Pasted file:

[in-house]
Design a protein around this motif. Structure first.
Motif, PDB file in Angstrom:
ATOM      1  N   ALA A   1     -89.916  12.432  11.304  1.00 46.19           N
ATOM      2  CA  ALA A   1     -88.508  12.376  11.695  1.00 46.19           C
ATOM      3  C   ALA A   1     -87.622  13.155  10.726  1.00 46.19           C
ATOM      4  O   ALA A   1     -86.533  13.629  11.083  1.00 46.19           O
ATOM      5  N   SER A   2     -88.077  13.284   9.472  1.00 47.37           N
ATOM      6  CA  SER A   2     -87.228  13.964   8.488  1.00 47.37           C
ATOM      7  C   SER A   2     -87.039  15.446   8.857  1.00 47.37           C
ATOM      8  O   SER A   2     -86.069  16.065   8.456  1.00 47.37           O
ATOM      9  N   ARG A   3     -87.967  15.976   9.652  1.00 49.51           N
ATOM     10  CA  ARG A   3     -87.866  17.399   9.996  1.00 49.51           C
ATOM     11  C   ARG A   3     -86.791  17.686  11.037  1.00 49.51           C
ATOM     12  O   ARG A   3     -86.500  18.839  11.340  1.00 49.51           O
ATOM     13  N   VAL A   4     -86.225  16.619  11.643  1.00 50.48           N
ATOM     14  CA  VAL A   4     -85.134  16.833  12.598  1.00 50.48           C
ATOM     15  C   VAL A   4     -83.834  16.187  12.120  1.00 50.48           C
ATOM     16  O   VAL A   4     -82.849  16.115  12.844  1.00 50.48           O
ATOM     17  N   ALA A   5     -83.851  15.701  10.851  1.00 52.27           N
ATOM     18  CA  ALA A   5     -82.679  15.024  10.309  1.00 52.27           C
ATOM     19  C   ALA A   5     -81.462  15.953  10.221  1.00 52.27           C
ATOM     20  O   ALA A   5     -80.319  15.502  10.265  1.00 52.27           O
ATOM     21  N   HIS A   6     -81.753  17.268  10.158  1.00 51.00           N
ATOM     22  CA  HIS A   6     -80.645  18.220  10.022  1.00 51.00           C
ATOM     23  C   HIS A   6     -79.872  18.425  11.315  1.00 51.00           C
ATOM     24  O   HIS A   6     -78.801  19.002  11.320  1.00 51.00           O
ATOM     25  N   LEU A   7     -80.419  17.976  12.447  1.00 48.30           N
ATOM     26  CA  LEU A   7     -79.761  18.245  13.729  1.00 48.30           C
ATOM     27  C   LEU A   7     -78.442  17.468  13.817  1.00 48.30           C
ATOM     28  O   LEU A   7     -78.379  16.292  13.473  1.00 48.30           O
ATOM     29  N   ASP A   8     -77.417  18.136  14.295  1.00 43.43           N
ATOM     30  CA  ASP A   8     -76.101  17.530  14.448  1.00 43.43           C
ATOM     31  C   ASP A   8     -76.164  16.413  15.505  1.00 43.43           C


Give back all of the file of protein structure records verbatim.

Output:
[in-house]
Design a protein around this motif. Structure first.
Motif, PDB file in Angstrom:
ATOM      1  N   ALA A   1     -89.916  12.432  11.304  1.00 46.19           N
ATOM      2  CA  ALA A   1     -88.508  12.376  11.695  1.00 46.19           C
ATOM      3  C   ALA A   1     -87.622  13.155  10.726  1.00 46.19           C
ATOM      4  O   ALA A   1     -86.533  13.629  11.083  1.00 46.19           O
ATOM      5  N   SER A   2     -88.077  13.284   9.472  1.00 47.37           N
ATOM      6  CA  SER A   2     -87.228  13.964   8.488  1.00 47.37           C
ATOM      7  C   SER A   2     -87.039  15.446   8.857  1.00 47.37           C
ATOM      8  O   SER A   2     -86.069  16.065   8.456  1.00 47.37           O
ATOM      9  N   ARG A   3     -87.967  15.976   9.652  1.00 49.51           N
ATOM     10  CA  ARG A   3     -87.866  17.399   9.996  1.00 49.51           C
ATOM     11  C   ARG A   3     -86.791  17.686  11.037  1.00 49.51           C
ATOM     12  O   ARG A   3     -86.500  18.839  11.340  1.00 49.51           O
ATOM     13  N   VAL A   4     -86.225  16.619  11.643  1.00 50.48           N
ATOM     14  CA  VAL A   4     -85.134  16.833  12.598  1.00 50.48           C
ATOM     15  C   VAL A   4     -83.834  16.187  12.120  1.00 50.48           C
ATOM     16  O   VAL A   4     -82.849  16.115  12.844  1.00 50.48           O
ATOM     17  N   ALA A   5     -83.851  15.701  10.851  1.00 52.27           N
ATOM     18  CA  ALA A   5     -82.679  15.024  10.309  1.00 52.27           C
ATOM     19  C   ALA A   5     -81.462  15.953  10.221  1.00 52.27           C
ATOM     20  O   ALA A   5     -80.319  15.502  10.265  1.00 52.27           O
ATOM     21  N   HIS A   6     -81.753  17.268  10.158  1.00 51.00           N
ATOM     22  CA  HIS A   6     -80.645  18.220  10.022  1.00 51.00           C
ATOM     23  C   HIS A   6     -79.872  18.425  11.315  1.00 51.00           C
ATOM     24  O   HIS A   6     -78.801  19.002  11.320  1.00 51.00           O
ATOM     25  N   LEU A   7     -80.419  17.976  12.447  1.00 48.30           N
ATOM     26  CA  LEU A   7     -79.761  18.245  13.729  1.00 48.30           C
ATOM     27  C   LEU A   7     -78.442  17.468  13.817  1.00 48.30           C
ATOM     28  O   LEU A   7     -78.379  16.292  13.473  1.00 48.30           O
ATOM     29  N   ASP A   8     -77.417  18.136  14.295  1.00 43.43           N
ATOM     30  CA  ASP A   8     -76.101  17.530  14.448  1.00 43.43           C
ATOM     31  C   ASP A   8     -76.164  16.413  15.505  1.00 43.43           C